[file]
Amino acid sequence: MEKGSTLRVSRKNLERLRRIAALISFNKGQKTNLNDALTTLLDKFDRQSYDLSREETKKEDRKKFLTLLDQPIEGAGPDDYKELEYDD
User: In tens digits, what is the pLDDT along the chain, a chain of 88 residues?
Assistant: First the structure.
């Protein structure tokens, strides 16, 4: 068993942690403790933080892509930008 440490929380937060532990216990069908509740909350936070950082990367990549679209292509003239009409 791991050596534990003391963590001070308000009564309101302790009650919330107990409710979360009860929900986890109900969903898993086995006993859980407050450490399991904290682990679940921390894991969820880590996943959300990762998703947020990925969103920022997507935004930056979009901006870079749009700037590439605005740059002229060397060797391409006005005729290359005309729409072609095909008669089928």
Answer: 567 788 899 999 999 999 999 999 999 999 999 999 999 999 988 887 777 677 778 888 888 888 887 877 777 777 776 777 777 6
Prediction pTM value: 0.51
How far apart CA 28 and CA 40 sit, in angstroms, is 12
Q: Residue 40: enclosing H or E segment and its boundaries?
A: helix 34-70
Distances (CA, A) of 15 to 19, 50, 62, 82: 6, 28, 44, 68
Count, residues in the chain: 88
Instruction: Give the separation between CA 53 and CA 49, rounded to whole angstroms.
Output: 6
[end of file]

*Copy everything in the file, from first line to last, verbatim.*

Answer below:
Amino acid sequence: MEKGSTLRVSRKNLERLRRIAALISFNKGQKTNLNDALTTLLDKFDRQSYDLSREETKKEDRKKFLTLLDQPIEGAGPDDYKELEYDD
User: In tens digits, what is the pLDDT along the chain, a chain of 88 residues?
Assistant: First the structure.
């Protein structure tokens, strides 16, 4: 068993942690403790933080892509930008 440490929380937060532990216990069908509740909350936070950082990367990549679209292509003239009409 791991050596534990003391963590001070308000009564309101302790009650919330107990409710979360009860929900986890109900969903898993086995006993859980407050450490399991904290682990679940921390894991969820880590996943959300990762998703947020990925969103920022997507935004930056979009901006870079749009700037590439605005740059002229060397060797391409006005005729290359005309729409072609095909008669089928």
Answer: 567 788 899 999 999 999 999 999 999 999 999 999 999 999 988 887 777 677 778 888 888 888 887 877 777 777 776 777 777 6
Prediction pTM value: 0.51
How far apart CA 28 and CA 40 sit, in angstroms, is 12
Q: Residue 40: enclosing H or E segment and its boundaries?
A: helix 34-70
Distances (CA, A) of 15 to 19, 50, 62, 82: 6, 28, 44, 68
Count, residues in the chain: 88
Instruction: Give the separation between CA 53 and CA 49, rounded to whole angstroms.
Output: 6